Tuesday, September 2, 2014

Robbed by the Thief on the Cross

"What about the thief on the cross?" This is the question I have heard so many times that I have stopped counting. This question arises whenever I get into a conversation about salvation with a person who does not believe in baptism as one of the essential elements. In Luke 23 we read of the conversation between Jesus and the thief who showed penitence and admitted guilt while asking to be remembered when Jesus came into His kingdom. We recall the wonderful love of God and extension of grace that brought these words from our Savior's dying lips, "Assuredly I say to you, today you will be with Me in paradise" (Luke 23:43).

Some allege this event proves that salvation is possible by simply believing in Christ, admitting personal sin, and asking God for forgiveness and a place with Him in heaven. While all of these are necessary for a person to be saved, these alone do not exhaust the requirements that God has left for us in His word.

There are many Bible answers for why the thief on the cross is not our perfect example. We could point out that both Jesus and the thief lived and died under the Law of Moses, or that Jesus nailed the Law to the cross when He brought forth the new covenant in His blood (Col. 2:14; Matt. 26:28). We could mention that New Testament Christians are those who have been baptized into the death, burial, and resurrection of Jesus (Rom. 6:3-4) - which would have been impossible for the thief since Jesus had not yet died. We could note that baptism in the name of Jesus Christ for the remission of sins was not available, nor was it a requirement for salvation until the day of Pentecost, when the church began (Acts 2:38). And do we really want the thief to be our example? Do we want to live a life dominated by Satan only to repent in our final, tragic hour? This account is given to us not as an example of how to be saved, but rather as a testimony of the unsearchable and matchless grace of Jesus.

There is one simple passage which brings a great deal of light and truth on a subject that so many have clouded in an attempt to justify their denominational mode of salvation. In Romans 10:9-10 we read, "That if you confess with your mouth the Lord Jesus and believe in your heart that God has raised Him from the dead, you will be saved. For with the heart one believes unto righteousness, and with the mouth confession is made unto salvation." I only bring up this passage because it has become a proof text for many who believe that baptism is not required for salvation, but merely belief in Jesus as the Son of God and the corresponding confession that Jesus is Lord. In other words, the people who use the "thief on the cross" reasoning for saying baptism is non-essential will quickly go to this passage in order to prove their point. I want to thank them for doing that, because they just proved why their reasoning is false.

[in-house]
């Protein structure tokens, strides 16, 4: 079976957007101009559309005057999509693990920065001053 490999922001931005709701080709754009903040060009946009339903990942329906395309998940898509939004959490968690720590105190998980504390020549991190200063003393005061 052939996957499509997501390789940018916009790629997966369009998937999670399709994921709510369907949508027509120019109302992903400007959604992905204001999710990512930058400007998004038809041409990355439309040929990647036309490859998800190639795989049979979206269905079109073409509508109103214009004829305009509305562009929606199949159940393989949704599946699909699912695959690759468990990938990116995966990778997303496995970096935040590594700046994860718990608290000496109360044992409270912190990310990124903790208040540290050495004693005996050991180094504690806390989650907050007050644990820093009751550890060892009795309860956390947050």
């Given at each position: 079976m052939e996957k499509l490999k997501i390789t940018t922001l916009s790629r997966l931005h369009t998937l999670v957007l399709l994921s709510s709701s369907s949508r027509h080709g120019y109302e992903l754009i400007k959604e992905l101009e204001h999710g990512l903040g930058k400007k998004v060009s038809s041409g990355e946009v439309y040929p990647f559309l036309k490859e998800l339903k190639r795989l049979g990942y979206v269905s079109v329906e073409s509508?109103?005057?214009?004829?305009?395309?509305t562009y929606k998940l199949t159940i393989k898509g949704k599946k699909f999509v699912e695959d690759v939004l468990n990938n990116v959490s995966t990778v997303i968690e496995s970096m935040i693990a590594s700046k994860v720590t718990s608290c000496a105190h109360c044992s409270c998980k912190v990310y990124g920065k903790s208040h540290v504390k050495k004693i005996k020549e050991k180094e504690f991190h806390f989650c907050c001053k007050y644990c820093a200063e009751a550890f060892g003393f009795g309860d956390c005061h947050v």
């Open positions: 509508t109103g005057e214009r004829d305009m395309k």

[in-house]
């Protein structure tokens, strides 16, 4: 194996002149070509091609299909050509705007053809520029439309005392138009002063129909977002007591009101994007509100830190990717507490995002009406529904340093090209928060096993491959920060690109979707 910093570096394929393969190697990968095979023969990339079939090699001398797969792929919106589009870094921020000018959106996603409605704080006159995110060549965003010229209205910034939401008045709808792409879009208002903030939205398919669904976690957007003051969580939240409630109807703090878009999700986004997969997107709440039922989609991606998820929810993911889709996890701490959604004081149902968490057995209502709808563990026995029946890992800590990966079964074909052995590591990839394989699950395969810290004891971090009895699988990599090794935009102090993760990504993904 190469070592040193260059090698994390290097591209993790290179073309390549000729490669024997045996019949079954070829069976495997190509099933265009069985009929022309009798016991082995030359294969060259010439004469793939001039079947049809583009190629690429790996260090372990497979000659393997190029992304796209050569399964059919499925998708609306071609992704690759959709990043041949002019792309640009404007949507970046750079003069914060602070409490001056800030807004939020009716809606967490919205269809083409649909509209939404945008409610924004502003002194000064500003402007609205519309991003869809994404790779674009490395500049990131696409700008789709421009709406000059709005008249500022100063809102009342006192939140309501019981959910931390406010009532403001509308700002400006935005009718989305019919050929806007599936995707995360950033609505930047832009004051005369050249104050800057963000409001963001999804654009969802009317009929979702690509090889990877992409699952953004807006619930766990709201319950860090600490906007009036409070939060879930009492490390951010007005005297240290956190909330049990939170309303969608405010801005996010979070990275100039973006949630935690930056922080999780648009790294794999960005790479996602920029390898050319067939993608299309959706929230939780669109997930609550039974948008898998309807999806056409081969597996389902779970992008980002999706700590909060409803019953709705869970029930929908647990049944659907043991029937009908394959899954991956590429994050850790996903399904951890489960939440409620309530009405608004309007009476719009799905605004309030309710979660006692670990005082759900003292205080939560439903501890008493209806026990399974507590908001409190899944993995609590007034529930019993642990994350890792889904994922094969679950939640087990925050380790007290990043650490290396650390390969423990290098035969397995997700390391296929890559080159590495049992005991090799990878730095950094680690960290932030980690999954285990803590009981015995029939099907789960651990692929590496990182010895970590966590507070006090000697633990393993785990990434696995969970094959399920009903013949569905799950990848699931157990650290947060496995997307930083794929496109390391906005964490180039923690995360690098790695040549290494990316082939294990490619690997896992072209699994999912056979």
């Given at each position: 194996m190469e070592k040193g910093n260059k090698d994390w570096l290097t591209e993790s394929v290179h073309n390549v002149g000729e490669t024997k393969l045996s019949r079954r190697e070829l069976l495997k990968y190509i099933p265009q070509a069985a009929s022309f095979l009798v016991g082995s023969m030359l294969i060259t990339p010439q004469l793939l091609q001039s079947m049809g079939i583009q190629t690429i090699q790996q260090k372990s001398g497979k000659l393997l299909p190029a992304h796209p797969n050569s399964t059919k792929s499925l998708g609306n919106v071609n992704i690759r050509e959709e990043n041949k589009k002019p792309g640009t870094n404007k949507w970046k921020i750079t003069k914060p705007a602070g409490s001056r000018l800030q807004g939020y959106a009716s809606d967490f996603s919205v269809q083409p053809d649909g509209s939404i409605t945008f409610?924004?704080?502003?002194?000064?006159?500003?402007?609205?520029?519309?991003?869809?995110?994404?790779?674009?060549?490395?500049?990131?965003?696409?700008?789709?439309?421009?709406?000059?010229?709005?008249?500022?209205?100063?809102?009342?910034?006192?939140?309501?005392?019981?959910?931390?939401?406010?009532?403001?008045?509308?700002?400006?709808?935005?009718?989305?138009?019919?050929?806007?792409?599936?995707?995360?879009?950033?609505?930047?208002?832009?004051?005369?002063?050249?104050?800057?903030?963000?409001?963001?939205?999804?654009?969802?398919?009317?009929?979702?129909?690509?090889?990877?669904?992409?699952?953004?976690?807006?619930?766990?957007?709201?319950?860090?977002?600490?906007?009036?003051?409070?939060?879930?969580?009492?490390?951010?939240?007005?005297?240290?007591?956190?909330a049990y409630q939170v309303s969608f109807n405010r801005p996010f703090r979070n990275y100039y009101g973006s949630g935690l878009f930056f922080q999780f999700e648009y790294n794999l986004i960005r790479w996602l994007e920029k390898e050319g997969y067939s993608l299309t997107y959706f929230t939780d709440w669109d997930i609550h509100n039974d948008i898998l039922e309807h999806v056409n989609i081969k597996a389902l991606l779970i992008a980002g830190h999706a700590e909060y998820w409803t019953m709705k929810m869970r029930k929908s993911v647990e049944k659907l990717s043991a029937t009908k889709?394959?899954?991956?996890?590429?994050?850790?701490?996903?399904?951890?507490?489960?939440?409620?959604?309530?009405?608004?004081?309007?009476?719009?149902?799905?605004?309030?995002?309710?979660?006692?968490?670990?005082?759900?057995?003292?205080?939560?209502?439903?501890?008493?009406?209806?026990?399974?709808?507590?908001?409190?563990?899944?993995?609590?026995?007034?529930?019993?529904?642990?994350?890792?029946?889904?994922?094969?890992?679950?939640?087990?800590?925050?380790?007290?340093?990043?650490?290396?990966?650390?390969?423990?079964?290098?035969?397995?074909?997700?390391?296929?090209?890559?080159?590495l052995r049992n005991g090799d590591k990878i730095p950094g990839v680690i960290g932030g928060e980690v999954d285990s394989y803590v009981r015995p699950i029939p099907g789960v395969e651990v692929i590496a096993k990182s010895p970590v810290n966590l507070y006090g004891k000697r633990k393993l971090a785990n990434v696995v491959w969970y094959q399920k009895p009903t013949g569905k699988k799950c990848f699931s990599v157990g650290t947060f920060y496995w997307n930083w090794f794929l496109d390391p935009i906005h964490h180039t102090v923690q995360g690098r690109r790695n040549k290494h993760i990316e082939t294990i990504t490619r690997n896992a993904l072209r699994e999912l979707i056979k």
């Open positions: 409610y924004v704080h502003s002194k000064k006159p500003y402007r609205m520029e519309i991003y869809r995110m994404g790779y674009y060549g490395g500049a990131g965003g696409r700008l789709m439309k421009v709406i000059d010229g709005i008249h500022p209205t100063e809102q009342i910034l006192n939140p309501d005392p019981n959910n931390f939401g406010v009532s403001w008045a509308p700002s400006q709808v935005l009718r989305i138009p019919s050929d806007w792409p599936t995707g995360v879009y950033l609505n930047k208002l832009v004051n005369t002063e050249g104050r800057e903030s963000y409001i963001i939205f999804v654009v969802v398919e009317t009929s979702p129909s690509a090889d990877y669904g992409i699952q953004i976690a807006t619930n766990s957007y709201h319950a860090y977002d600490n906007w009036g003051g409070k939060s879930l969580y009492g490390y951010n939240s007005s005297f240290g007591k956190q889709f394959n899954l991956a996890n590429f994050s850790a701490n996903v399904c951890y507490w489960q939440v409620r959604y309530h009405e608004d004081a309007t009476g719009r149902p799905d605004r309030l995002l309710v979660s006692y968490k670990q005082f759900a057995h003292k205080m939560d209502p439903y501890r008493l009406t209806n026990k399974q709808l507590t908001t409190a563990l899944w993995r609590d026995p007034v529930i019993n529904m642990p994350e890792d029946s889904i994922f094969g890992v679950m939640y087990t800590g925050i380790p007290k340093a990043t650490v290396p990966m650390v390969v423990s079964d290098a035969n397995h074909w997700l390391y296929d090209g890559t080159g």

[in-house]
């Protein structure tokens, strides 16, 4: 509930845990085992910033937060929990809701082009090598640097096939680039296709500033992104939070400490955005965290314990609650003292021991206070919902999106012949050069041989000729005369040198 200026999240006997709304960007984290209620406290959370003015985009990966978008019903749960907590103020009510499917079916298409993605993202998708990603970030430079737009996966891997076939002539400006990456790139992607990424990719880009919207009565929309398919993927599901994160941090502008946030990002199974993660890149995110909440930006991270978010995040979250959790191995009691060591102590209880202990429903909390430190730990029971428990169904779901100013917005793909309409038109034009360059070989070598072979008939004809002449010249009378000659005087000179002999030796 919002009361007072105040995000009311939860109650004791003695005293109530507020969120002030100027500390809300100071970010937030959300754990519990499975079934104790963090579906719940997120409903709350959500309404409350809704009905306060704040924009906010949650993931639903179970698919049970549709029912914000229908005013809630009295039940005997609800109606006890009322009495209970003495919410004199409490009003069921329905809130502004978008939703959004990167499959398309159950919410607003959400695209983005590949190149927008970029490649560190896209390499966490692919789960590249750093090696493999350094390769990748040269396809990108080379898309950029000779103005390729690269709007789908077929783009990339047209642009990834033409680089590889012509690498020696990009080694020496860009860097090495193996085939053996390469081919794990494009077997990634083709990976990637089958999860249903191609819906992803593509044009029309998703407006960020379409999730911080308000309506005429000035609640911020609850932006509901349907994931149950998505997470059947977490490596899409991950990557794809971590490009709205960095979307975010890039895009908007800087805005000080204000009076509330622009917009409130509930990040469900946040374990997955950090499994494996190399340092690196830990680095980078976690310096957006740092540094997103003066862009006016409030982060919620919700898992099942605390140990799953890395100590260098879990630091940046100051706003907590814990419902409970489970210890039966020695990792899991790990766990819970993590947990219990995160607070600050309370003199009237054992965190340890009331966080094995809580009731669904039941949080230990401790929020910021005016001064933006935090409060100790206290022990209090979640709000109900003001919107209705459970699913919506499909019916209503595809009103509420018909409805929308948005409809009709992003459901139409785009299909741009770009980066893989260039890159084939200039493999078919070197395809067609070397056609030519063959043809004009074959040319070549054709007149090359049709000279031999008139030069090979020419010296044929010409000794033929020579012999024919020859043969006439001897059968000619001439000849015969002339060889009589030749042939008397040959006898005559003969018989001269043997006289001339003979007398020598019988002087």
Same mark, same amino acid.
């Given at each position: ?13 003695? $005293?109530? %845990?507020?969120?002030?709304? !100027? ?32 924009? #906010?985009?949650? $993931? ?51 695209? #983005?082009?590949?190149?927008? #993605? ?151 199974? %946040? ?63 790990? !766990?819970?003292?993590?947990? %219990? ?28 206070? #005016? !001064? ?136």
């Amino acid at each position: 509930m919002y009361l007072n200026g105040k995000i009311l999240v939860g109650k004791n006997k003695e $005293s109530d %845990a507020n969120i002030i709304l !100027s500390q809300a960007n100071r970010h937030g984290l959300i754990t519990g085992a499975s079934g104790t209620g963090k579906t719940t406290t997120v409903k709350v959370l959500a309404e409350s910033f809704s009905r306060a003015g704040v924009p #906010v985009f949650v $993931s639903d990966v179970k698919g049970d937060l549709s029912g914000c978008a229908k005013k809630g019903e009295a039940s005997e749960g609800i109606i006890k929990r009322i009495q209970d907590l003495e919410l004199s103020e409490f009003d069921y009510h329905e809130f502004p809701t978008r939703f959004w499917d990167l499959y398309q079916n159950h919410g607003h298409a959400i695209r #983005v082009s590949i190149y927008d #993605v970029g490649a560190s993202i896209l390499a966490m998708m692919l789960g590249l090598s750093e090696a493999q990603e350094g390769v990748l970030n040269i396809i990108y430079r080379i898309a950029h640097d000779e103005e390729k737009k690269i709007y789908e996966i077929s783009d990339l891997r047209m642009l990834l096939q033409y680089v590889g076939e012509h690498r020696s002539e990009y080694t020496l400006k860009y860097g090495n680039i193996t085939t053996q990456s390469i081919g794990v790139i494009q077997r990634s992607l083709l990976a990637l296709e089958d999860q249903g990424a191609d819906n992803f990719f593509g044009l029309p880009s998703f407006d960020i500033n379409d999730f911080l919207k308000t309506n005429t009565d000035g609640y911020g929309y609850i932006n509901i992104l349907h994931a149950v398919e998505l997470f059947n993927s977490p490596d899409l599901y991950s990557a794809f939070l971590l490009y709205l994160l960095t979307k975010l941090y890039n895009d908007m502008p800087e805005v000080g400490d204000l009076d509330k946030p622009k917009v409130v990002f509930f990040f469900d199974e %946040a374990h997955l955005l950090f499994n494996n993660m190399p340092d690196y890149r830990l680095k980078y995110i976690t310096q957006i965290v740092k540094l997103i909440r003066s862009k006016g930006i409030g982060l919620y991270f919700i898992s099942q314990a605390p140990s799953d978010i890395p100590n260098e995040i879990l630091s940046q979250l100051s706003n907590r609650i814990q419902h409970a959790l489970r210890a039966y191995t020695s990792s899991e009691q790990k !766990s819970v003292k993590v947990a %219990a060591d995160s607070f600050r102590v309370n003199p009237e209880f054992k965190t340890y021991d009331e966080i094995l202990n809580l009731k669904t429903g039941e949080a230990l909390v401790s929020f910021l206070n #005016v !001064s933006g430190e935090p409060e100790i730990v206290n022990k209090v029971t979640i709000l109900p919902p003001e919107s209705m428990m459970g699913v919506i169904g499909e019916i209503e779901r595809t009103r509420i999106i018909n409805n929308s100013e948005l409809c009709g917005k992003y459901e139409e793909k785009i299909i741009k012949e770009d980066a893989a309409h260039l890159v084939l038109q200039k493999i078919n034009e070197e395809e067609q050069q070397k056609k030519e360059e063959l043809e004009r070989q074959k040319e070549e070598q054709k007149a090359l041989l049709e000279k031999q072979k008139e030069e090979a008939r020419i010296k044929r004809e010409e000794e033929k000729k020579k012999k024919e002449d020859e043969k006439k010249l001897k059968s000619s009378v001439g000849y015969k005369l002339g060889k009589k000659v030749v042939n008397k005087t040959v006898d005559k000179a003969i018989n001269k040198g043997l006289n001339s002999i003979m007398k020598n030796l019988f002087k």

Look again at the passage. Did the thief believe in his heart that God raised Jesus from the dead? Paul says in Romans 10:9 that this is a requirement for salvation. But how could he believe it? Jesus wasn't even dead yet! The thief didn't even know Jesus was going to be raised - the apostles didn't understand it until after it happened, and Jesus had been telling them virtually every day for three and a half years. The thief was dealing with a different set of requirements. Those under the patriarchal law and the Law of Moses were cleansed by the blood of Jesus and sanctified through their animal sacrifices. It was impossible for the thief to believe that Jesus had been raised from the dead. But we must believe it. The thief was not required to be baptized for the remission of sins, but we are commanded to do so today (Acts 2:38, 10:48).

We need to rightly divide the Bible. The church does not determine what the Bible teaches, the Bible determines what the church teaches. Study. Humble yourself. Change your mind if you are mistaken. Obey the gospel - and obey all of it - not just part.

"...casting down arguments and every high thing that exalts itself against the knowledge of God, bringing every thought into captivity to the obedience of Christ." - 2 Corinthians 10:5

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